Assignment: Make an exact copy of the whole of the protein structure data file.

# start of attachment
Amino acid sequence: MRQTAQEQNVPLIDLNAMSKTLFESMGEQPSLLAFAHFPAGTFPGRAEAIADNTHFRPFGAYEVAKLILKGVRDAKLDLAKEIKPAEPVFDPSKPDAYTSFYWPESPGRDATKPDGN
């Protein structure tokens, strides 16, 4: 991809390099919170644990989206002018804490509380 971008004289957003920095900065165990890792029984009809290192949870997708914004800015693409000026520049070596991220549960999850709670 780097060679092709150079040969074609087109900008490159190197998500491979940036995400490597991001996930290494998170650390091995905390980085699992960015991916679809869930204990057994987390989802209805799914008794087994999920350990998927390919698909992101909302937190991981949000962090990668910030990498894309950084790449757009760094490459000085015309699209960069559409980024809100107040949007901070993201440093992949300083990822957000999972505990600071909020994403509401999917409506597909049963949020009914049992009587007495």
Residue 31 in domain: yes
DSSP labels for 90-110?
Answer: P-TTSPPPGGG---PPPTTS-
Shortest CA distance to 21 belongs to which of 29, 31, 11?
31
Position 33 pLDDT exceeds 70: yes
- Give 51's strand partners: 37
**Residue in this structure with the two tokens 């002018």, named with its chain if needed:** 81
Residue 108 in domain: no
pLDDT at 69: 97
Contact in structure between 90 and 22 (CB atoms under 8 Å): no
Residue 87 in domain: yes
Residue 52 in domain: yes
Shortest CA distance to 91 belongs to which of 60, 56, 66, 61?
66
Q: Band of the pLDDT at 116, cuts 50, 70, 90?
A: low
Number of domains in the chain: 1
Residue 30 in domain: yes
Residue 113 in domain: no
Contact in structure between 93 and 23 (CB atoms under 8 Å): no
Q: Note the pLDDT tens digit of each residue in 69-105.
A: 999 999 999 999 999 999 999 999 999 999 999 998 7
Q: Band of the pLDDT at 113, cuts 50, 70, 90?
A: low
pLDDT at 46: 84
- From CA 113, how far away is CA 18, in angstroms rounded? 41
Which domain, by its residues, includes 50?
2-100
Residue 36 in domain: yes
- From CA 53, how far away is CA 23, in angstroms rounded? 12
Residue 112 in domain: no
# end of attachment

Amino acid sequence: MRQTAQEQNVPLIDLNAMSKTLFESMGEQPSLLAFAHFPAGTFPGRAEAIADNTHFRPFGAYEVAKLILKGVRDAKLDLAKEIKPAEPVFDPSKPDAYTSFYWPESPGRDATKPDGN
């Protein structure tokens, strides 16, 4: 991809390099919170644990989206002018804490509380 971008004289957003920095900065165990890792029984009809290192949870997708914004800015693409000026520049070596991220549960999850709670 780097060679092709150079040969074609087109900008490159190197998500491979940036995400490597991001996930290494998170650390091995905390980085699992960015991916679809869930204990057994987390989802209805799914008794087994999920350990998927390919698909992101909302937190991981949000962090990668910030990498894309950084790449757009760094490459000085015309699209960069559409980024809100107040949007901070993201440093992949300083990822957000999972505990600071909020994403509401999917409506597909049963949020009914049992009587007495």
Residue 31 in domain: yes
DSSP labels for 90-110?
Answer: P-TTSPPPGGG---PPPTTS-
Shortest CA distance to 21 belongs to which of 29, 31, 11?
31
Position 33 pLDDT exceeds 70: yes
- Give 51's strand partners: 37
**Residue in this structure with the two tokens 């002018």, named with its chain if needed:** 81
Residue 108 in domain: no
pLDDT at 69: 97
Contact in structure between 90 and 22 (CB atoms under 8 Å): no
Residue 87 in domain: yes
Residue 52 in domain: yes
Shortest CA distance to 91 belongs to which of 60, 56, 66, 61?
66
Q: Band of the pLDDT at 116, cuts 50, 70, 90?
A: low
Number of domains in the chain: 1
Residue 30 in domain: yes
Residue 113 in domain: no
Contact in structure between 93 and 23 (CB atoms under 8 Å): no
Q: Note the pLDDT tens digit of each residue in 69-105.
A: 999 999 999 999 999 999 999 999 999 999 999 998 7
Q: Band of the pLDDT at 113, cuts 50, 70, 90?
A: low
pLDDT at 46: 84
- From CA 113, how far away is CA 18, in angstroms rounded? 41
Which domain, by its residues, includes 50?
2-100
Residue 36 in domain: yes
- From CA 53, how far away is CA 23, in angstroms rounded? 12
Residue 112 in domain: no